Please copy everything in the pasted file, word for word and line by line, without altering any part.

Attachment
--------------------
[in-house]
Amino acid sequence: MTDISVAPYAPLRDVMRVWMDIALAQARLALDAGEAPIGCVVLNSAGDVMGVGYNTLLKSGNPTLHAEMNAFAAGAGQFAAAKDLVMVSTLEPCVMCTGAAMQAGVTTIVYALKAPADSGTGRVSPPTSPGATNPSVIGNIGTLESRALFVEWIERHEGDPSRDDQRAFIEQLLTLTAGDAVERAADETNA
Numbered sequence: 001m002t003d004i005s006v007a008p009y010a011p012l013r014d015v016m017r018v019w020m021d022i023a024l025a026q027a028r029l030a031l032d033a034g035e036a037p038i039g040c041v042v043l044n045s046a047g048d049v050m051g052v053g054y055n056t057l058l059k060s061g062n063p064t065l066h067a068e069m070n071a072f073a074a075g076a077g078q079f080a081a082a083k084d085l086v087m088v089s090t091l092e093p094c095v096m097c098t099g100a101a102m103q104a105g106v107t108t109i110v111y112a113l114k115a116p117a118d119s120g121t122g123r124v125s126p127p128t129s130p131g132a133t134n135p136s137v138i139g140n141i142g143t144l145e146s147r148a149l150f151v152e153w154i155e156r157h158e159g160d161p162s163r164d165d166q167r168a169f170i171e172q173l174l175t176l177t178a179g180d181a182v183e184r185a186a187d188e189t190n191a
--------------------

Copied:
[in-house]
Amino acid sequence: MTDISVAPYAPLRDVMRVWMDIALAQARLALDAGEAPIGCVVLNSAGDVMGVGYNTLLKSGNPTLHAEMNAFAAGAGQFAAAKDLVMVSTLEPCVMCTGAAMQAGVTTIVYALKAPADSGTGRVSPPTSPGATNPSVIGNIGTLESRALFVEWIERHEGDPSRDDQRAFIEQLLTLTAGDAVERAADETNA
Numbered sequence: 001m002t003d004i005s006v007a008p009y010a011p012l013r014d015v016m017r018v019w020m021d022i023a024l025a026q027a028r029l030a031l032d033a034g035e036a037p038i039g040c041v042v043l044n045s046a047g048d049v050m051g052v053g054y055n056t057l058l059k060s061g062n063p064t065l066h067a068e069m070n071a072f073a074a075g076a077g078q079f080a081a082a083k084d085l086v087m088v089s090t091l092e093p094c095v096m097c098t099g100a101a102m103q104a105g106v107t108t109i110v111y112a113l114k115a116p117a118d119s120g121t122g123r124v125s126p127p128t129s130p131g132a133t134n135p136s137v138i139g140n141i142g143t144l145e146s147r148a149l150f151v152e153w154i155e156r157h158e159g160d161p162s163r164d165d166q167r168a169f170i171e172q173l174l175t176l177t178a179g180d181a182v183e184r185a186a187d188e189t190n191a